TULSA, Okla. - Solomon Hill has known Jordin Mayes for four years.
"Quietest player I've ever played with," Hill said.
MoMo Jones tries to get a rise out of the mellow freshman in practice, poking at him, physically and verbally.
"He may throw an elbow or two," Jones said, "but he never really says anything."
Even soft-spoken Kyle Fogg calls him "definitely one of the most quiet people I've met."
The best way to describe Mayes, the Arizona Wildcats' backup point guard, is certainly not with words that come from his mouth.
Polite, Mayes answers questions honestly. But he's just not much of a talker.
"Jordin's very quiet, no question," UA coach Sean Miller said Saturday, one day before the Wildcats' game against Texas for a berth in the Sweet 16. "He's also really been a great player for us as a freshman."
Without him, the Wildcats probably wouldn't have defeated the Memphis Tigers in Thursday's NCAA tournament second-round game.
With 13:28 left in the game and trailing by three, the Wildcats - for the first time - played Mayes and fellow point guard MoMo Jones together in a game. With shooting guard Fogg and wing Kevin Parrom in foul trouble, Mayes filled in with eight points. He made both field-goal attempts, his only three-point try and all three free-throw attempts, including two in the last minute.
Entering the game, he had made only 11 free throws all season, out of 25 attempts. His free throw percentage was almost the same as his three-point percentage.
Mayes - nicknamed "Box Body" for his build - said he was losing focus at the line, and needed to focus on pushing his heels high in the air as he released the ball.
"I was rushing it a little bit," he said. "I just wanted to take my time. We have 10 seconds to shoot it."
Mayes' development has saved the Wildcats twice in a week. His scoring spurt against USC helped seal the victory in the Pac-10 semifinals.
His future at the UA is probably as a combo guard - Mayes said Miller already told him to plan on playing point guard and shooting guard next season - but the freshman said he thinks like a ball-handler.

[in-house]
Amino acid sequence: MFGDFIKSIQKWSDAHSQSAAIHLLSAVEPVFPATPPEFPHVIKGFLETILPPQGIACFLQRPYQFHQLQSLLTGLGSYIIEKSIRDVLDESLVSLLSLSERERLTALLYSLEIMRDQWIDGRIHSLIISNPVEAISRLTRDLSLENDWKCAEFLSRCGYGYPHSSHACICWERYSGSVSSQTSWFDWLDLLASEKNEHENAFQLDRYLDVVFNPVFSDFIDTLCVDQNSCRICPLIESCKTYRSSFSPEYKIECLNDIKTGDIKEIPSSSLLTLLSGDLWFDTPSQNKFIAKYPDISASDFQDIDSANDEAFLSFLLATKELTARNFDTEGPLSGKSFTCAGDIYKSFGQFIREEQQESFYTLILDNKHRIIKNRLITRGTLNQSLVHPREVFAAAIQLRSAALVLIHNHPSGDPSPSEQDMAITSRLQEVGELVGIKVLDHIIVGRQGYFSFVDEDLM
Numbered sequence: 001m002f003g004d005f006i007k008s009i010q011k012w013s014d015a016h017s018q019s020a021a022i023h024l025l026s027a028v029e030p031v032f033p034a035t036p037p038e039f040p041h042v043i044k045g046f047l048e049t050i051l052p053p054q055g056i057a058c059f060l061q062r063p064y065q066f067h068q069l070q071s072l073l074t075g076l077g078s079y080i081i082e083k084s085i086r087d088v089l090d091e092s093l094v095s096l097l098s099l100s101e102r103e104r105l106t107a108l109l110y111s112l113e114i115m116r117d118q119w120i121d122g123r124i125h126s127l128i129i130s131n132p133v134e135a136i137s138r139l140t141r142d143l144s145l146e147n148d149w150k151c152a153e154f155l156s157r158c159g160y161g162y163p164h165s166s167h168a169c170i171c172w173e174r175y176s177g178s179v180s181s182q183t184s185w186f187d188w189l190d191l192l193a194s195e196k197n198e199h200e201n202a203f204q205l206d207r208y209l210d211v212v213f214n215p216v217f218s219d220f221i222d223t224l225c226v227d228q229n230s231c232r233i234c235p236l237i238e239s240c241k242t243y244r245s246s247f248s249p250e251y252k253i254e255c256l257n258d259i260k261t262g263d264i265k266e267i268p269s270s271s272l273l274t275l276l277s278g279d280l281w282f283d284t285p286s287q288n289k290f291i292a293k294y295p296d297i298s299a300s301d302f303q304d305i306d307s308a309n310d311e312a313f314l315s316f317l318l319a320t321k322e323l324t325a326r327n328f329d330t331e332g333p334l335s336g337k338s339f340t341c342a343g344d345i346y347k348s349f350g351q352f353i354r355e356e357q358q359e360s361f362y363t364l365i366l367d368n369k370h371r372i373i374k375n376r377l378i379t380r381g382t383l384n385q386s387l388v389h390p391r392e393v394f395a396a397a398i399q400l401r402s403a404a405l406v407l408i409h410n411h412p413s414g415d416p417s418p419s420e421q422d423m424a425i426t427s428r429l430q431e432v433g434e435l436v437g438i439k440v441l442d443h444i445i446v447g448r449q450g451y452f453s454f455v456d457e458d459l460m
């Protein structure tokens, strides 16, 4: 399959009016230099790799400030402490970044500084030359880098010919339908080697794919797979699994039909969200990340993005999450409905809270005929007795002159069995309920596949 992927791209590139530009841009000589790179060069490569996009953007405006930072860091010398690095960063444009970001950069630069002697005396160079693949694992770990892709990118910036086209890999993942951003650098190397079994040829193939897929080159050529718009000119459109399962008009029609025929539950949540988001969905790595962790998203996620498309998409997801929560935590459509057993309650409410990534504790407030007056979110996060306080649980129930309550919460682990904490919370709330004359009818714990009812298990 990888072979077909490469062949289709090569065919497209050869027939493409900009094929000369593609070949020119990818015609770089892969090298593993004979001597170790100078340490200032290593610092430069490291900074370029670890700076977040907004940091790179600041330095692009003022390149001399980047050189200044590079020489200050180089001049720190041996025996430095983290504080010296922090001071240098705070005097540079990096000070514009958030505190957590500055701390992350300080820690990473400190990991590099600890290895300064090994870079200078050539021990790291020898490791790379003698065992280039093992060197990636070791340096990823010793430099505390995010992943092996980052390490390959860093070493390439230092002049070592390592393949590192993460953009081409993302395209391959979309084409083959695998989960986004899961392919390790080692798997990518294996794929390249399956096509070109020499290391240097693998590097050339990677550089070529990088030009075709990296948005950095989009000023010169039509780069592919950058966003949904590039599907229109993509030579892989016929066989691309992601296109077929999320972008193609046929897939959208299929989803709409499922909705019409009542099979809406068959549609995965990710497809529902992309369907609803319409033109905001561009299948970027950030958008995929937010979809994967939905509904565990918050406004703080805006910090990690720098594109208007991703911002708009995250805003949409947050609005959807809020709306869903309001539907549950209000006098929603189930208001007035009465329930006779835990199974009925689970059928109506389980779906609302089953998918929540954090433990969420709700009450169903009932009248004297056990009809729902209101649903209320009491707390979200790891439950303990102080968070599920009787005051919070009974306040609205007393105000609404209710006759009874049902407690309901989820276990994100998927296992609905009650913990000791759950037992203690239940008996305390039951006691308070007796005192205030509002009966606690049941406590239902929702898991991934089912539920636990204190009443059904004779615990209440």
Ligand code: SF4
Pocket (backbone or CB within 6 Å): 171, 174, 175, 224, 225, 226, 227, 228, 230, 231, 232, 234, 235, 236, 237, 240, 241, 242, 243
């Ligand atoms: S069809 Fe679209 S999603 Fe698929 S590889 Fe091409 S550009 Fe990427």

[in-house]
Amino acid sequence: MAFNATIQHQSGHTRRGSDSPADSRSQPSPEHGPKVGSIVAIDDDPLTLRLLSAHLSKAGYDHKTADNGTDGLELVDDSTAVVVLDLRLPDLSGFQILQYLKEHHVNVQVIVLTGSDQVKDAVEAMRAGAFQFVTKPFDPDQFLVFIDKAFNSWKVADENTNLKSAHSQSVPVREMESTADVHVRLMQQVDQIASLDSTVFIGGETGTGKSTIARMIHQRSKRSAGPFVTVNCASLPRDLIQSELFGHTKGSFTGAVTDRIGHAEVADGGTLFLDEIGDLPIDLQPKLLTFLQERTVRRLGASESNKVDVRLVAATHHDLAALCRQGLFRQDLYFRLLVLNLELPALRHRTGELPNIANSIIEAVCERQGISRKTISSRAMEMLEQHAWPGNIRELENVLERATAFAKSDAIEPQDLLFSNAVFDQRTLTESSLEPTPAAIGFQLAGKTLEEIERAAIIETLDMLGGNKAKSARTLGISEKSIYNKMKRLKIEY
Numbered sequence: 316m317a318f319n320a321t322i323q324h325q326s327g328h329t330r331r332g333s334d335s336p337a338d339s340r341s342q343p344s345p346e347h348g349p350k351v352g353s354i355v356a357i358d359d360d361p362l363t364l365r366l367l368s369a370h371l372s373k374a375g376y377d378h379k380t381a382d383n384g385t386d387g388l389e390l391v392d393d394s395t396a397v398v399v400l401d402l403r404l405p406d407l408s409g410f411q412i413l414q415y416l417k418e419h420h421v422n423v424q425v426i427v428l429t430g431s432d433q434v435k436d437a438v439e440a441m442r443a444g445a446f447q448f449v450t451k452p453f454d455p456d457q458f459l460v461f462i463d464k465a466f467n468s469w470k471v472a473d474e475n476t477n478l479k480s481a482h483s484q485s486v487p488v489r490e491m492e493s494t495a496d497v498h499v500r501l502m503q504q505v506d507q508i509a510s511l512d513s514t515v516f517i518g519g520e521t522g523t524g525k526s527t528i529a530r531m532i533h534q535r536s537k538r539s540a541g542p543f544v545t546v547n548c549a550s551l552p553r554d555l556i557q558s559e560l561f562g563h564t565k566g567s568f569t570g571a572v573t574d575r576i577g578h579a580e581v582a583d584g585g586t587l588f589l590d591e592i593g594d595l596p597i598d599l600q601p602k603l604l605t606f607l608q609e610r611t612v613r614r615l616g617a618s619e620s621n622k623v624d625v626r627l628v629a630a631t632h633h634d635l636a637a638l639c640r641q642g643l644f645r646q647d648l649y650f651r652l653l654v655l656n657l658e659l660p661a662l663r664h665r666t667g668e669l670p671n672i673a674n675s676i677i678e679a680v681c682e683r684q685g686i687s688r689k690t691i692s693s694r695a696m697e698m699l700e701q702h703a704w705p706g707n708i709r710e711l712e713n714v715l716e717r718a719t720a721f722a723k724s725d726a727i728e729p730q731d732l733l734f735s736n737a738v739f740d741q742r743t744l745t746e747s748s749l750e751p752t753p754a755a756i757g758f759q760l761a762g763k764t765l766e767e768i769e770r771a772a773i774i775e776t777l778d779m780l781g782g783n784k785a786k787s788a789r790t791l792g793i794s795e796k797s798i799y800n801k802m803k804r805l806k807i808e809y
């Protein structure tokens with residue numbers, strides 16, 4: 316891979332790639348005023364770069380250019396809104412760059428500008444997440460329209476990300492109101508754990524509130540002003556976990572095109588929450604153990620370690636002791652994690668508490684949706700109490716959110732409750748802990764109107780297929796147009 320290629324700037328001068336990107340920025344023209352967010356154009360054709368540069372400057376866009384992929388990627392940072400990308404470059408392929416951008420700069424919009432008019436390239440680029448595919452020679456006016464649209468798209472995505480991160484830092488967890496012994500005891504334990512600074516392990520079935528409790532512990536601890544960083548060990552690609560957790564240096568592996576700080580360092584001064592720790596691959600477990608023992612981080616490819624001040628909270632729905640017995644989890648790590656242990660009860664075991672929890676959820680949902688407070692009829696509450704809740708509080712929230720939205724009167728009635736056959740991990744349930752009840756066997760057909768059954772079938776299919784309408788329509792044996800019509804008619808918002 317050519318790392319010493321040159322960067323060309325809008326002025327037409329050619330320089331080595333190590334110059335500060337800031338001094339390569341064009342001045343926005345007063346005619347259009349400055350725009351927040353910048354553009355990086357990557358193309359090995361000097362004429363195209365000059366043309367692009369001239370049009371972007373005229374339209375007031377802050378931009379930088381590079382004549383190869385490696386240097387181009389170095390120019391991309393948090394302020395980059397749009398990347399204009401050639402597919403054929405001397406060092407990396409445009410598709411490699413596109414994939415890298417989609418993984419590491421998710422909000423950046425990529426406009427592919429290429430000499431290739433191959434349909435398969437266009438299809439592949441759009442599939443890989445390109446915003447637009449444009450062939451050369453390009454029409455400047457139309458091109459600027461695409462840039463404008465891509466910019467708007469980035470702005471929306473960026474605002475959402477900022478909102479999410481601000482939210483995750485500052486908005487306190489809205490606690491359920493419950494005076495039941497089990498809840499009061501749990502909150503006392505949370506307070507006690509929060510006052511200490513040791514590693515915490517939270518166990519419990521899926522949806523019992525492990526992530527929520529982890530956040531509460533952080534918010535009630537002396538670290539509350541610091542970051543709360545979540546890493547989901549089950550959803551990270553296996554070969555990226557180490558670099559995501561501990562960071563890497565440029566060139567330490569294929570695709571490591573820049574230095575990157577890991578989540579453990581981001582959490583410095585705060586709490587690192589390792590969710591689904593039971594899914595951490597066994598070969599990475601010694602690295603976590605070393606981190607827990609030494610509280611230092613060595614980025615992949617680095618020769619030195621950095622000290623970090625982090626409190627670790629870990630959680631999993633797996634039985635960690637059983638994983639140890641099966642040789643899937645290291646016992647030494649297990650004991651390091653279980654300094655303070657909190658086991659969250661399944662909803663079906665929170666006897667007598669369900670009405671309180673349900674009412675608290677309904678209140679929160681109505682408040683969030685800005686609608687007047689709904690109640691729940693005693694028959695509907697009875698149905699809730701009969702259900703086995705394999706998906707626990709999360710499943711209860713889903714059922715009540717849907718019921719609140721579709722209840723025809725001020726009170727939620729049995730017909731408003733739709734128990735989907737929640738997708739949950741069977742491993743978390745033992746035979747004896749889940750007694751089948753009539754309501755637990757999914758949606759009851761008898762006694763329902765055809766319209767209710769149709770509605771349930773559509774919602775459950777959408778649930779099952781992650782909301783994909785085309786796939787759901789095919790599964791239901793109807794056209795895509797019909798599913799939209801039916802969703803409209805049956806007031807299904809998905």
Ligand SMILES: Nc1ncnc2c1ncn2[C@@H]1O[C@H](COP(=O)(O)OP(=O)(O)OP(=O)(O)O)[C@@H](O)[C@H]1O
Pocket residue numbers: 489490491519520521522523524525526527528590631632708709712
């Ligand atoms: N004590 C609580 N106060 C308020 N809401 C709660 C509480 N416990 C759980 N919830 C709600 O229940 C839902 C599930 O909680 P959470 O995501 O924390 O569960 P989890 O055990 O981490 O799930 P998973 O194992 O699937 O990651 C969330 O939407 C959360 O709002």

"I just let my game do the talking for me," he said.
The Los Angeles Westchester High School grad's quiet reputation is for reasons beyond his mouth. He takes long strides when he runs and has very few extraneous hand or arm movements.
In baseball, such physical efficiency is known as having "quiet" hands
"A laid-back player," is how Mayes describes it. "They don't think I've got the aggressiveness to keep attacking, keep attacking.
"I've been playing like that my whole life. That's just me. That's who I am."
Jones said any player's personality naturally shines through in his style of game. Also, he said, Mayes can afford to be subtle.
"He can come on the floor and be him because I'm me," Jones said. "He doesn't have to take on that responsibility of getting everything going."
Hill smiled when told of the comment.
"That's just who they are," he said. "Sometimes MoMo just screams for no reason.
"And then you've got Jordin at the point guard position, he's kinda quiet. I think that's just setting him back a little bit.
"At the point-guard position, you don't see many guys being quiet."
Mayes is playing his best basketball of the year. He totaled 20 points in the last three games, his best such stretch since before Christmas. He made 5 of 6 three-point attempts and has a 5-2 assist-turnover ratio.
Given the past week, Mayes figures to be heard from today against Texas.
Even if he's not the one talking.
"He's a mellow dude," Jones said. "But he gets the job done."